Acrylic-based soft liners are available in a powder/liquid form – the powder consisting of a higher methacrylate polymer and a liquid consisting of higher methacrylate monomer along with a plasticizer. Temporary soft liners or tissue conditioners are also acrylic based, with the liquid consisting of an alcohol (usually ethyl alcohol) as solvent, and a phthalate as a plasticizer. Silicone rubbers are commonly based on polydimethylsiloxane and fillers, such as finely divided silica.
The desirable properties of resilient denture liners include cushioning effect upon the mucosa, permanent resilience, dimensional stability, minimum fluid sorption and solubility, and inhibitive action on fungal growth. During clinical use, the resilient lining materials are immersed in saliva and when not in use may be soaked in water or other cleansing agents. When immersed in such solutions, plasticizers and other soluble components are leached out and water or saliva is absorbed. Water sorption and solubility, thus, are problems that are commonly encountered when using soft denture liners.,,, These problems are associated with changes in structure and properties of the material that result in swelling, distortion, support of Candida albicans growth, reduced bonding to the denture base, and a hard, less resilient product over time.
This study was undertaken to evaluate and compare the water sorption and solubility of two autopolymerizing soft denture liners: One acrylic based and one silicone based in distilled water and in artificial saliva over a 3-month period.
| Methods|| |
The two commercially available autopolymerizing soft denture liners used were:
- Mollosil (Detax GmbH, Germany) – silicone-based, chairside autopolymerizing soft liner [Figure 1]
- Viscogel (Dentsply De Trey, Germany) – plasticized, acrylic-based chairside autopolymerizing soft liner [Figure 2].
The artificial saliva used was Wet Mouth (ICPA Health Products Ltd., India) that contained sodium carboxymethyl cellulose and glycerin in an aqueous base.
Disc-shaped liner specimens 30 mm in diameter and 1 mm in thickness were fabricated using a brass mold. An analytical balance (METTLER TOLEDO AL 204) was used to weigh the liner specimens. A temperature of 37°C ± 2°C was maintained for all specimens using a hot air oven. A total of 120 specimens were prepared, sixty for each liner material, and divided into two main groups:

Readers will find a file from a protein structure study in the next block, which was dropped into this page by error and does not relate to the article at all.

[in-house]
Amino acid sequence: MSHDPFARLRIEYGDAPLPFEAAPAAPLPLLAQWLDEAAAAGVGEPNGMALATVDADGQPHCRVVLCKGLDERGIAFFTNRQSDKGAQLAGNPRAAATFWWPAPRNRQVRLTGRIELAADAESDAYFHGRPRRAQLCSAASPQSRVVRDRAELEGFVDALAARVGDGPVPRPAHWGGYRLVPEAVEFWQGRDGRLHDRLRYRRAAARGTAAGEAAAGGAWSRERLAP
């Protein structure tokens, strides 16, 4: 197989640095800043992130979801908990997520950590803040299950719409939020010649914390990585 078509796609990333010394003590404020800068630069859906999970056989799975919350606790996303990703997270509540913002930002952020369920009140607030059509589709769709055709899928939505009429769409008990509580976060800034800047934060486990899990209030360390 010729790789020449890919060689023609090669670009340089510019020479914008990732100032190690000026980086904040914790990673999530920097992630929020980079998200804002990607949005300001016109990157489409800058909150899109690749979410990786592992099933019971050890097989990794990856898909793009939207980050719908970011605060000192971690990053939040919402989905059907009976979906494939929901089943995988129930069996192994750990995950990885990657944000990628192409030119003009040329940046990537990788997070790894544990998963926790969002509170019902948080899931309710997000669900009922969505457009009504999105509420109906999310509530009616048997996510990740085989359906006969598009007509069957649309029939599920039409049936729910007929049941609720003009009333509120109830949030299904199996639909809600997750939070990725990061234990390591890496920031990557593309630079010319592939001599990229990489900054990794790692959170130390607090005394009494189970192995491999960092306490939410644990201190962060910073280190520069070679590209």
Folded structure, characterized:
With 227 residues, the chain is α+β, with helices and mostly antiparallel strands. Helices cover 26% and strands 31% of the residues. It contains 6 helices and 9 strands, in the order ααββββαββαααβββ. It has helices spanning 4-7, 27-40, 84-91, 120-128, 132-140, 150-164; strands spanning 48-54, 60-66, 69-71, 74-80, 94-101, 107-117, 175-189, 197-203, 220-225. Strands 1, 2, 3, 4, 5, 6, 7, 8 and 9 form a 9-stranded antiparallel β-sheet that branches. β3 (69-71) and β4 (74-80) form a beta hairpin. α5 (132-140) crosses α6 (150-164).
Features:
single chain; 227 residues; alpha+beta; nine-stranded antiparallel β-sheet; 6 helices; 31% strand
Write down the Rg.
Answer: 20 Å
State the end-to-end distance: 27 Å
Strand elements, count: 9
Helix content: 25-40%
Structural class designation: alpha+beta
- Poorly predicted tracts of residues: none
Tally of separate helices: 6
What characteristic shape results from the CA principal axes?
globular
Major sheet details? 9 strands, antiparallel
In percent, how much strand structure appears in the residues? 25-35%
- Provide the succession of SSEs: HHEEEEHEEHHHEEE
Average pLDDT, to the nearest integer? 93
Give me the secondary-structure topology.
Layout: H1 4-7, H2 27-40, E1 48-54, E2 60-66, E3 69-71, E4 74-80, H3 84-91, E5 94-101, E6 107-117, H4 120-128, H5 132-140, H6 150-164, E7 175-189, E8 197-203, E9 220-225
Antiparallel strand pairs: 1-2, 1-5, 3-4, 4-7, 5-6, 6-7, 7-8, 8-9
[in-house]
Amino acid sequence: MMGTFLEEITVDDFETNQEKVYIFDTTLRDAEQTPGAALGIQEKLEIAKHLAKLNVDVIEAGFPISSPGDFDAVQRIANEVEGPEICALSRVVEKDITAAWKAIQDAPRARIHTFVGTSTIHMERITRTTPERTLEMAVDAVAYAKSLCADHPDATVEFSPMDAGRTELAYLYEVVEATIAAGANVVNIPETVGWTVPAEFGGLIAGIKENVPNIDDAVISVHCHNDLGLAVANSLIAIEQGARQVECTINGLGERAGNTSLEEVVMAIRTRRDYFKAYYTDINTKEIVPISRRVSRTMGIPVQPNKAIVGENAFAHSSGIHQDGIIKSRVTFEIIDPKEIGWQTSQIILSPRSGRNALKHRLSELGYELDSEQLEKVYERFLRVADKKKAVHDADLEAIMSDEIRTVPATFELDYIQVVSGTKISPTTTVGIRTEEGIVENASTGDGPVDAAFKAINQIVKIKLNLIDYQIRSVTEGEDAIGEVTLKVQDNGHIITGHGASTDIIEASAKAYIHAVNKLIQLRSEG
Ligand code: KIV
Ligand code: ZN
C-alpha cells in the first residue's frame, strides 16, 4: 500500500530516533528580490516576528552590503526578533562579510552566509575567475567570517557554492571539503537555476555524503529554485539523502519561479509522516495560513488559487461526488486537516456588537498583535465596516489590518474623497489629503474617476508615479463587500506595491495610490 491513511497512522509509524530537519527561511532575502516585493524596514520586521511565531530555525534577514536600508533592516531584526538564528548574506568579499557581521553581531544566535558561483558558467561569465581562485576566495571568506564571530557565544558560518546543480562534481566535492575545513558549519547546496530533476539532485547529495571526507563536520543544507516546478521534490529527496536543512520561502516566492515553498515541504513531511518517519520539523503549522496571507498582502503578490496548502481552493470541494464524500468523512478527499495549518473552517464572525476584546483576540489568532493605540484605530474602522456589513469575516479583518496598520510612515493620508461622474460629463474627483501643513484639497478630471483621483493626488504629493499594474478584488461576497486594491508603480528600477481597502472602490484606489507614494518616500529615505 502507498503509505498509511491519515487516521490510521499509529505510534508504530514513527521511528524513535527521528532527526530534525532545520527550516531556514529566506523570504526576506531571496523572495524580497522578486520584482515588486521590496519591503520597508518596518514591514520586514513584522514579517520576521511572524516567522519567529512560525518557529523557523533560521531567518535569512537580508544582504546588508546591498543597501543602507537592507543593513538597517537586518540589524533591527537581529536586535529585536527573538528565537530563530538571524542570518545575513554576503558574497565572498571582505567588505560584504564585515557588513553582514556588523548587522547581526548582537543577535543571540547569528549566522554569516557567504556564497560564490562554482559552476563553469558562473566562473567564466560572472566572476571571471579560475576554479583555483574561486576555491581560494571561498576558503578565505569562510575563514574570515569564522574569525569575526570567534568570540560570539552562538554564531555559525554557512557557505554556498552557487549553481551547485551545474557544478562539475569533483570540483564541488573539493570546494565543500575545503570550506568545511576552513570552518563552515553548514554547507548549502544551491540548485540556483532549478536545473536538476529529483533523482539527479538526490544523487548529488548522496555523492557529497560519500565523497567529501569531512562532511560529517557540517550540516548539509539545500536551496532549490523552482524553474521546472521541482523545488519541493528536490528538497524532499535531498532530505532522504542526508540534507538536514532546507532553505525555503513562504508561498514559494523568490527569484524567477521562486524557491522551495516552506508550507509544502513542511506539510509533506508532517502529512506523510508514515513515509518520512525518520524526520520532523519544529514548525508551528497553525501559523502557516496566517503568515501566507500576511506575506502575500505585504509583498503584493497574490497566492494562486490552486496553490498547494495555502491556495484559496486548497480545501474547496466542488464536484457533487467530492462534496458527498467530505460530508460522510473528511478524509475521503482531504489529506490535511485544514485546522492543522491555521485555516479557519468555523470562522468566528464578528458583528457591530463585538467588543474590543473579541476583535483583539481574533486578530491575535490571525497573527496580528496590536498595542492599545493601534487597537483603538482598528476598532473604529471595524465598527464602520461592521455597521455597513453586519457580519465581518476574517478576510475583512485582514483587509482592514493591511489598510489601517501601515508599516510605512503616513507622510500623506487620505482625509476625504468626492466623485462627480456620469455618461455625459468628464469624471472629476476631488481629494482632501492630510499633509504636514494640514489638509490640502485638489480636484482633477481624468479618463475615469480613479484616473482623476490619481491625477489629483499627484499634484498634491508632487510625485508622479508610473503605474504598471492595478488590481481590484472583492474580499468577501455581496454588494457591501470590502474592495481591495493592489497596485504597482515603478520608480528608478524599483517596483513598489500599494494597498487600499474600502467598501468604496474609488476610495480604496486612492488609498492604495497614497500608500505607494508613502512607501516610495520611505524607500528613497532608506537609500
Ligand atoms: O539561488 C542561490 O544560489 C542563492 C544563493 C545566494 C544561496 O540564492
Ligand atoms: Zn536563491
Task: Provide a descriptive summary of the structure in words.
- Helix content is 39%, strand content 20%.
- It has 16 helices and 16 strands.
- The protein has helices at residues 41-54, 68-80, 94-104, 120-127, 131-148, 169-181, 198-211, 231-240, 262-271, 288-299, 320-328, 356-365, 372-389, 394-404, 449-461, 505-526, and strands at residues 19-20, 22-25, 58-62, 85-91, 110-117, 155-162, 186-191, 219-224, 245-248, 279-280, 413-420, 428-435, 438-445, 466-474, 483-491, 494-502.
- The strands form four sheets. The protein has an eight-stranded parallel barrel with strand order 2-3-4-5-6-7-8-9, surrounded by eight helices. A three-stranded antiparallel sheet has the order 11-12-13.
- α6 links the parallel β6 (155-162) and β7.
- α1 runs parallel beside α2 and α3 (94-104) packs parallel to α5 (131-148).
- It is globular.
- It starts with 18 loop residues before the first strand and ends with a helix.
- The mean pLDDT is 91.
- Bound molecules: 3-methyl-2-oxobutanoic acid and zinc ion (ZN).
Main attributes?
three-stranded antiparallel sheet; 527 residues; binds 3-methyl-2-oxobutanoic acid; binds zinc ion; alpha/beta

- Group I: Sixty specimens of autopolymerizing acrylic-based soft denture liners, Viscogel [Figure 3]
- Group II: Sixty specimens of autopolymerizing silicone-based soft denture liners, Mollosil [Figure 4].
Group I: Autopolymerizing acrylic-based soft liner, Viscogel, was mixed according to the manufacturer's instructions and placed in the brass mold between two glass slabs for polymerization for 20 min. Sixty specimens were processed in this manner. The specimens were dried in a desiccator containing anhydrous calcium chloride at 37°C and weighed using an analytical balance (METTLER TOLEDO AL 204) until a constant weight (±0.0001 g) was obtained. This was recorded as the initial weight of the specimen (W1).
Group II: Autopolymerizing silicone-based soft liner, Mollosil, was mixed according to the manufacturer's instructions and placed in the brass mold between two glass slabs for polymerization for 7 min. Sixty specimens were processed, and then dried and weighed in the same manner as the Group I specimens. The initial weight of the specimen was recorded (W1).
Specimens from Group I and Group II were placed in sealed plastic containers in an oven maintained at 37°C ± 2°C and further divided into six groups of ten specimens each:
- Group I (A) and Group II (A): Ten specimens were immersed in distilled water for 1 week
- Group I (B) and Group II (B): Ten specimens were immersed in distilled water for 1 month
- Group I (C) and Group II (C): Ten specimens were immersed in distilled water for 3 months
- Group I (D) and Group II (D): Ten specimens were immersed in artificial saliva for 1 week
- Group I (E) and Group II (E): Ten specimens were immersed in artificial saliva for 1 month
- Group I (F) and Group II (F): Ten specimens were immersed in artificial saliva for 3 months.